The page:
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A behavioral perspective on social choice

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Abstract

We discuss what behavioral social choice can contribute to computational social choice. An important trademark of behavioral social choice is to switch perspective away from a traditional sampling approach in the social choice literature and to ask inference questions: Based on limited, imperfect, and highly incomplete observed data, what inference can we make about social choice outcomes at the level of a population that generated those observed data? A second important consideration in theoretical and behavioral work on social choice is model dependence: How do theoretical predictions and conclusions, as well as behavioral predictions and conclusions, depend on modeling assumptions about the nature of human preferences and/or how these preferences are expressed in ratings, rankings, and ballots of various kinds? Using a small subcollection from the Netflix Prize dataset, we illustrate these notions with real movie ratings from real raters. We highlight the key roles that inference and behavioral modeling play in the analysis of such data, particularly for sparse data like the Netflix ratings. The social and behavioral sciences can provide a supportive role in the effort to develop behaviorally meaningful and robust studies in computational social choice.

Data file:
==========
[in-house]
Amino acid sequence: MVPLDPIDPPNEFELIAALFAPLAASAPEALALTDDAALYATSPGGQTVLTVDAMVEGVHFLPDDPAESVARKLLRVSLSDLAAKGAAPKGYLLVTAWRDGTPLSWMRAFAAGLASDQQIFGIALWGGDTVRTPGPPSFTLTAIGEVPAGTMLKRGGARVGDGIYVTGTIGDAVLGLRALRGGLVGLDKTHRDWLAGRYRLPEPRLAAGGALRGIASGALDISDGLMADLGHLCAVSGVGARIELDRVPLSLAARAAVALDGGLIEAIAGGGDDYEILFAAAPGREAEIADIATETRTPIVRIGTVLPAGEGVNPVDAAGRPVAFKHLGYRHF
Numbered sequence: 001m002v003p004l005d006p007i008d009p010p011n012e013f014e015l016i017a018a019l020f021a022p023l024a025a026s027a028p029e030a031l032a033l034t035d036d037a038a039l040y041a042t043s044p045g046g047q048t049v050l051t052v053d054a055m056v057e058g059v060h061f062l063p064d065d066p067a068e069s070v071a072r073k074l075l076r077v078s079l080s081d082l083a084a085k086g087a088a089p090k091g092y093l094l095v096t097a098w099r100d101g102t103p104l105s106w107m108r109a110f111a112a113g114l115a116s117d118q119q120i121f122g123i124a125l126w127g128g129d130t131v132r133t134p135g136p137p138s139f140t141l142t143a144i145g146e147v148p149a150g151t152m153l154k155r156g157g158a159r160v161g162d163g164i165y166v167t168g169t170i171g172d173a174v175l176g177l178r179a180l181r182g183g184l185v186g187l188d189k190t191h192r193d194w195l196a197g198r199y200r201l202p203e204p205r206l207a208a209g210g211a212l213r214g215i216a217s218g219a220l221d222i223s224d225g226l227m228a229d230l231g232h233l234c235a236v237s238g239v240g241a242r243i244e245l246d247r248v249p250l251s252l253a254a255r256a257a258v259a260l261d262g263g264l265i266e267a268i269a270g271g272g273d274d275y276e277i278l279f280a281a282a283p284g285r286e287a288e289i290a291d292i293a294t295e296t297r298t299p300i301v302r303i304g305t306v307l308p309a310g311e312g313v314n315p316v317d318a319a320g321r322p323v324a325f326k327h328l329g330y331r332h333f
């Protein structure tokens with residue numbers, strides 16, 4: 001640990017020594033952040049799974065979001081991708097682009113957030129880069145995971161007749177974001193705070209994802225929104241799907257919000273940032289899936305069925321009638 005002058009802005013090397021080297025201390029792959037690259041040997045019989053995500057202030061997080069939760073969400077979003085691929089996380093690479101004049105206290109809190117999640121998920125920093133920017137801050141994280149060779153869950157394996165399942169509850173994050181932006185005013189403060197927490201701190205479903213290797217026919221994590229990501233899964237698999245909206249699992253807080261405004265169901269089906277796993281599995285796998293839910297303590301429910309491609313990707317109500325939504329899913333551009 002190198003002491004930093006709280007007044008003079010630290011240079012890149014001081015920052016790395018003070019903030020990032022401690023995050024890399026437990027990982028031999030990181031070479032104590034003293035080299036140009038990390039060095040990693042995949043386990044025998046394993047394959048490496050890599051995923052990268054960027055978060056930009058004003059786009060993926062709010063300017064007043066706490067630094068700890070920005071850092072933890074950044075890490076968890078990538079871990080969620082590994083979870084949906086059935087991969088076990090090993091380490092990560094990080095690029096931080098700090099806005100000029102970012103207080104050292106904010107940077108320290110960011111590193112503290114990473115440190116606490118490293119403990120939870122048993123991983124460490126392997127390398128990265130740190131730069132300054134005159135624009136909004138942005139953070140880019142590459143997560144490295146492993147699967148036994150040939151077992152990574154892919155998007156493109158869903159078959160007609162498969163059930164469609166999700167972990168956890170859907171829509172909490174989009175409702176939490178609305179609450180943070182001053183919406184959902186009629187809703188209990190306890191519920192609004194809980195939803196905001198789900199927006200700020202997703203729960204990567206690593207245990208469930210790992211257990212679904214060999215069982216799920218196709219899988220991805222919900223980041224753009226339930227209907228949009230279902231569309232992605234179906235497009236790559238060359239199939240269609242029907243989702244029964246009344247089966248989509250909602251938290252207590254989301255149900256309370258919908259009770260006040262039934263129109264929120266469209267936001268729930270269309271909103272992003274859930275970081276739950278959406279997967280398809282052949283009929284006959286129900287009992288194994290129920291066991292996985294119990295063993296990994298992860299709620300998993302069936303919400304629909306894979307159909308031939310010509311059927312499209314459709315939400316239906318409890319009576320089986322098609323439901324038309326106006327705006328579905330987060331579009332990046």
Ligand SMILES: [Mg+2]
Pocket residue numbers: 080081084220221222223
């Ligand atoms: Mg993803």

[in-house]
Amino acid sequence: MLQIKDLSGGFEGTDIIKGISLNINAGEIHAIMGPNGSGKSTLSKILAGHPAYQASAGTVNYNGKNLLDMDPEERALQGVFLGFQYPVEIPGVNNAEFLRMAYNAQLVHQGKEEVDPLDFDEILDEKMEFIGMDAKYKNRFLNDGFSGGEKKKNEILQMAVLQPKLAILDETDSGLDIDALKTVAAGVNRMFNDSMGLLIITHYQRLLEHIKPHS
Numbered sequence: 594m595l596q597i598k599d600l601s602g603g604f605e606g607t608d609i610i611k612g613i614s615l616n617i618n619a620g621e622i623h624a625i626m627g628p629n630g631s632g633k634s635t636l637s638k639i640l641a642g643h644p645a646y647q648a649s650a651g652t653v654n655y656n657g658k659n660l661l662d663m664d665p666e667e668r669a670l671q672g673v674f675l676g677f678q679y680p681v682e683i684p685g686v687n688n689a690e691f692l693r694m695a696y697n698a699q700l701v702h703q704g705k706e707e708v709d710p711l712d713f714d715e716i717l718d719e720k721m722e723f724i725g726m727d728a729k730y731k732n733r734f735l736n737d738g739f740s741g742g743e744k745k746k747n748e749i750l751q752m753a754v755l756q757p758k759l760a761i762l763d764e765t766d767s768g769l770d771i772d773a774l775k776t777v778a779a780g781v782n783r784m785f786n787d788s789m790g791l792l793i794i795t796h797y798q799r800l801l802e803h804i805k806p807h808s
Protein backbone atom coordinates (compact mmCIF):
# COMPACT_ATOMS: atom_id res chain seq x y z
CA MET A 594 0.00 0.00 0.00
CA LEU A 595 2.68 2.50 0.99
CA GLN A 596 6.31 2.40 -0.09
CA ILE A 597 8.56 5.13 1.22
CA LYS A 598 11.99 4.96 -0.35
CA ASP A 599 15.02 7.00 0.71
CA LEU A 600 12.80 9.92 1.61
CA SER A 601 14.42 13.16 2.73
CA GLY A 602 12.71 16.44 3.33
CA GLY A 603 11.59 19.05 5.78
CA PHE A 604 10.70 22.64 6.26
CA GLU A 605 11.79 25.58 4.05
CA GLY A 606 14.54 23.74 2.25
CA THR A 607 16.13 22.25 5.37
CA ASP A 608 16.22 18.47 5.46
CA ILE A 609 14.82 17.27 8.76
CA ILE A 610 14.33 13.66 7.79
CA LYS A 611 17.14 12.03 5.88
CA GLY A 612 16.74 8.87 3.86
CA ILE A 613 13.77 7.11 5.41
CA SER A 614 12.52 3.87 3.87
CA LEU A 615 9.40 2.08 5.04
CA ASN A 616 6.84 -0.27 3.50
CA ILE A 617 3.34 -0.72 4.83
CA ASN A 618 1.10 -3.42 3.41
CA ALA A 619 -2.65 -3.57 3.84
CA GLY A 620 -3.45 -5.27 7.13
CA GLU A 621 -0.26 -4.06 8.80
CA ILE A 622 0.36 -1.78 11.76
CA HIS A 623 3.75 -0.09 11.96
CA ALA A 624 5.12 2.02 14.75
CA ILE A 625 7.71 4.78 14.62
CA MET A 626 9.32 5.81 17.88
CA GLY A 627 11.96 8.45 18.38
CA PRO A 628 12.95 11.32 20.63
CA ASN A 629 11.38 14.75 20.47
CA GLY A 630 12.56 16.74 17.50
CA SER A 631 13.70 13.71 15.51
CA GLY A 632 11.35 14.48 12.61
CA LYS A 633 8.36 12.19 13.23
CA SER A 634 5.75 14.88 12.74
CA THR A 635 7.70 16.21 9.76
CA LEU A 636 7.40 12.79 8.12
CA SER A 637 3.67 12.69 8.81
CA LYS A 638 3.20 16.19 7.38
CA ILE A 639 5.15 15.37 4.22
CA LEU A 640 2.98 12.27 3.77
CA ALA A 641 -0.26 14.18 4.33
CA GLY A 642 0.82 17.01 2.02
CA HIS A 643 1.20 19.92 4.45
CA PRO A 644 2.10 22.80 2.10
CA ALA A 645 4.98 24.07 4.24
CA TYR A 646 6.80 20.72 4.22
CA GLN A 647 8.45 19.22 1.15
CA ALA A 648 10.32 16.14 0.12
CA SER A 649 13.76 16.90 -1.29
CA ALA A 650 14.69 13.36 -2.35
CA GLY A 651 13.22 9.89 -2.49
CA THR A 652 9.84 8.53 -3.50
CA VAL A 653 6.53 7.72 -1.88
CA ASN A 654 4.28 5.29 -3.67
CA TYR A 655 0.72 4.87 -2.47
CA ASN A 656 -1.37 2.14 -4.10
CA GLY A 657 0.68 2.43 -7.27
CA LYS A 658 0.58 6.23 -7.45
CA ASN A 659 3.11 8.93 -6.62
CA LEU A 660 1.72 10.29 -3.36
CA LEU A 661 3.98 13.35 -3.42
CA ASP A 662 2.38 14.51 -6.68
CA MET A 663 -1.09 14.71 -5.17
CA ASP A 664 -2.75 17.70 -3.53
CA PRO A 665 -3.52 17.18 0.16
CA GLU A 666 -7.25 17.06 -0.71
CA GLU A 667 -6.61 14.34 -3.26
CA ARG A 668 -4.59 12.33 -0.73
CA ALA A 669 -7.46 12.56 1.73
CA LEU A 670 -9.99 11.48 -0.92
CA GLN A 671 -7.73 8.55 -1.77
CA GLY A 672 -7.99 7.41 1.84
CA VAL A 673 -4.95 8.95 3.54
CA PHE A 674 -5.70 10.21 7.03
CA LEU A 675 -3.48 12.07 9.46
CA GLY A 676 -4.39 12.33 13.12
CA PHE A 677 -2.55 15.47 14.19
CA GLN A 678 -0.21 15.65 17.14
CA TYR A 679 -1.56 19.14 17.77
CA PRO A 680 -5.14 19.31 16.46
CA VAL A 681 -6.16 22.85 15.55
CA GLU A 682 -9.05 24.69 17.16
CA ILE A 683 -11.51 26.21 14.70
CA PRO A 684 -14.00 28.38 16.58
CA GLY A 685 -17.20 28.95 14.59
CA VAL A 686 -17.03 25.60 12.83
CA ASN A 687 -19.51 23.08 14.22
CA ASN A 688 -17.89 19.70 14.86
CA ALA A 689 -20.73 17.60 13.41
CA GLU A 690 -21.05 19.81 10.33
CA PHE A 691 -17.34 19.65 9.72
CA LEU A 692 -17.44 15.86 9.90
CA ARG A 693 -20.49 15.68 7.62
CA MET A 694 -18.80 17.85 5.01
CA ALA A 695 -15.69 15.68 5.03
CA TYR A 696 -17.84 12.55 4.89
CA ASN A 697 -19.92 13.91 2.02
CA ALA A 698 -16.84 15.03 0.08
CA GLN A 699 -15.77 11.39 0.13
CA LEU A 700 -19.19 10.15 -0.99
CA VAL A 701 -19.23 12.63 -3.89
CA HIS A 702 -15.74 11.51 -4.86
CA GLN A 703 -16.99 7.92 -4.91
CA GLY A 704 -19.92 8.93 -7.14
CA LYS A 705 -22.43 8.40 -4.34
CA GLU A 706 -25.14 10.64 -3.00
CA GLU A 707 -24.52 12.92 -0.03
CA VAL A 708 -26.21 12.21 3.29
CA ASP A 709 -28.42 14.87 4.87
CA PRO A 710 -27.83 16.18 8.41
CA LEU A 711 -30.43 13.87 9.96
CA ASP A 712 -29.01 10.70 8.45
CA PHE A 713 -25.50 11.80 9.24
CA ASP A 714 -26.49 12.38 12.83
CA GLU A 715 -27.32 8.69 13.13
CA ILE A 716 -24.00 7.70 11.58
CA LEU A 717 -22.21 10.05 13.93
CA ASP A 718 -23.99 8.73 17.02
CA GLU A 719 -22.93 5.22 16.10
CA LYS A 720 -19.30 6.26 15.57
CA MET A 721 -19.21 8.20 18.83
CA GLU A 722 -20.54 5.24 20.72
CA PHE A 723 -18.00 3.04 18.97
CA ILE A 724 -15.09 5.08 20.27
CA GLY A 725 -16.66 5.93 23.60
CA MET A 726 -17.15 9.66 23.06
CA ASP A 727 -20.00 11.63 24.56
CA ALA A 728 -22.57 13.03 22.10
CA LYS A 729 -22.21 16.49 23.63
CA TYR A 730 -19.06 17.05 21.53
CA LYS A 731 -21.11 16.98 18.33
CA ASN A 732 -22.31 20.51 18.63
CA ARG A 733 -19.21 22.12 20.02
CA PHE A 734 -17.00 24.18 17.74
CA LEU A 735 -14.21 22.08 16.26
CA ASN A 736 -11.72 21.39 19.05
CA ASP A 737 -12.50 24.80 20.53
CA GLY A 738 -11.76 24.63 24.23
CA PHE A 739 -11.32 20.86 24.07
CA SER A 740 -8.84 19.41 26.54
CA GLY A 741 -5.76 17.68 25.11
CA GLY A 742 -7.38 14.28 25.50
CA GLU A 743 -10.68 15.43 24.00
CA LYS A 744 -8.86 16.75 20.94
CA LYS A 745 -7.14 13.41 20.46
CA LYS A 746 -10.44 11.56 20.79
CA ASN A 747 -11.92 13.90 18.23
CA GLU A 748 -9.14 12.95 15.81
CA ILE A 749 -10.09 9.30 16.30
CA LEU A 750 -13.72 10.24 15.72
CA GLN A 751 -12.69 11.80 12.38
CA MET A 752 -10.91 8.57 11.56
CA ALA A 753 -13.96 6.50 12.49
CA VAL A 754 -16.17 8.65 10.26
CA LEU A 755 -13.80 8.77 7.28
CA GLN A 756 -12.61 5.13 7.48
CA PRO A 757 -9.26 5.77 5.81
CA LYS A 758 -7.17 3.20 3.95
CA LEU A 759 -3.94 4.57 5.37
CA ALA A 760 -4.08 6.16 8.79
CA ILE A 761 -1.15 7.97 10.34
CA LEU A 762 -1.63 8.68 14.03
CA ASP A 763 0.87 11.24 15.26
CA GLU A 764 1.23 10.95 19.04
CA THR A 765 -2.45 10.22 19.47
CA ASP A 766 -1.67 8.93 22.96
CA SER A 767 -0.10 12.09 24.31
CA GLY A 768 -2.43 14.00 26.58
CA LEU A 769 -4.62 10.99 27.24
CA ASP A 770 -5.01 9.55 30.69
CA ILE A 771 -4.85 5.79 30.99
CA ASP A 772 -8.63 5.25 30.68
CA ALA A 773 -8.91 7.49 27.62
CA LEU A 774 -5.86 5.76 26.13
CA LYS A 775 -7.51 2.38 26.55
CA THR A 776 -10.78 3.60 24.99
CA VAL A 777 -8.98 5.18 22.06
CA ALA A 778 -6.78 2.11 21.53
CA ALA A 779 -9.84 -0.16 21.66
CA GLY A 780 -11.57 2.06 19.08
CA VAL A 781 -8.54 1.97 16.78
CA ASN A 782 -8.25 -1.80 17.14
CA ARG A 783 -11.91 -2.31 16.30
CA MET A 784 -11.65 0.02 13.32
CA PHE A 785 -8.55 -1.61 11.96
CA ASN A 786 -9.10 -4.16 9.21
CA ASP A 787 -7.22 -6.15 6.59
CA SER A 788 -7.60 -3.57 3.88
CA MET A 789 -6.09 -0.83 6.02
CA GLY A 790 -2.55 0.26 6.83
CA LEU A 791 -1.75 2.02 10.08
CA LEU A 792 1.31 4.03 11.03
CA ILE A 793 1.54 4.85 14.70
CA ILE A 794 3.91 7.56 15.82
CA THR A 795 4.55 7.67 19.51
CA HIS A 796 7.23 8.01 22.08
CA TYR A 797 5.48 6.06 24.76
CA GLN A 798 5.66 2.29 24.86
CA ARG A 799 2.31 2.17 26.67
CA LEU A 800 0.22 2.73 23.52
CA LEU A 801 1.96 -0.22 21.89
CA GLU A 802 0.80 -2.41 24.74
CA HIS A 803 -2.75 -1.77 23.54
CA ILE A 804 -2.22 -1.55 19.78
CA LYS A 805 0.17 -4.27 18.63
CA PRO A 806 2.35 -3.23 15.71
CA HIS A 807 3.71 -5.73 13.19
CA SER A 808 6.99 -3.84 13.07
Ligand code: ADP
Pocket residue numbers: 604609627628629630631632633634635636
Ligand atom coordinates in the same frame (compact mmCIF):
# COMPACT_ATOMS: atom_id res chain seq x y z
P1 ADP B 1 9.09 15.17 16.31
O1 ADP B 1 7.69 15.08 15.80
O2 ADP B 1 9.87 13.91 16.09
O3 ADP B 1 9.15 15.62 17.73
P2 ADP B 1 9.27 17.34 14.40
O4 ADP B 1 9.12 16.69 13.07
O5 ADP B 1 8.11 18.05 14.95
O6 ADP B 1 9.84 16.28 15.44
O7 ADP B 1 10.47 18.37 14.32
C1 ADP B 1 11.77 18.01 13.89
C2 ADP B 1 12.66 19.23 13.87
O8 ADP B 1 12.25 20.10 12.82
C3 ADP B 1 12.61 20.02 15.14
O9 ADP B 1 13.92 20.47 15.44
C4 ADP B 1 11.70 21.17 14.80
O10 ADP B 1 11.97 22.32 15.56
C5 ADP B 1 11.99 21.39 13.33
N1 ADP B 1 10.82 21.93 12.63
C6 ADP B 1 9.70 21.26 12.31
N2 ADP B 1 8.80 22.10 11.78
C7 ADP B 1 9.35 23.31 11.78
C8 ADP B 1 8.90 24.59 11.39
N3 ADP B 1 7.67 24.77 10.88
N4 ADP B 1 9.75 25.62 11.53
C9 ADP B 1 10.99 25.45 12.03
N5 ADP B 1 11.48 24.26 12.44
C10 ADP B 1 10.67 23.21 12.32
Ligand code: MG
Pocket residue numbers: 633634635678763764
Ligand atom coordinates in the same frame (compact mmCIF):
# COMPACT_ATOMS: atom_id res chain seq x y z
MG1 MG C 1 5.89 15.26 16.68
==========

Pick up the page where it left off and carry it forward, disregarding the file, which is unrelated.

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Correspondence to Michel Regenwetter.

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Popova, A., Regenwetter, M. & Mattei, N. A behavioral perspective on social choice. Ann Math Artif Intell 68, 5–30 (2013). https://doi.org/10.1007/s10472-012-9326-6

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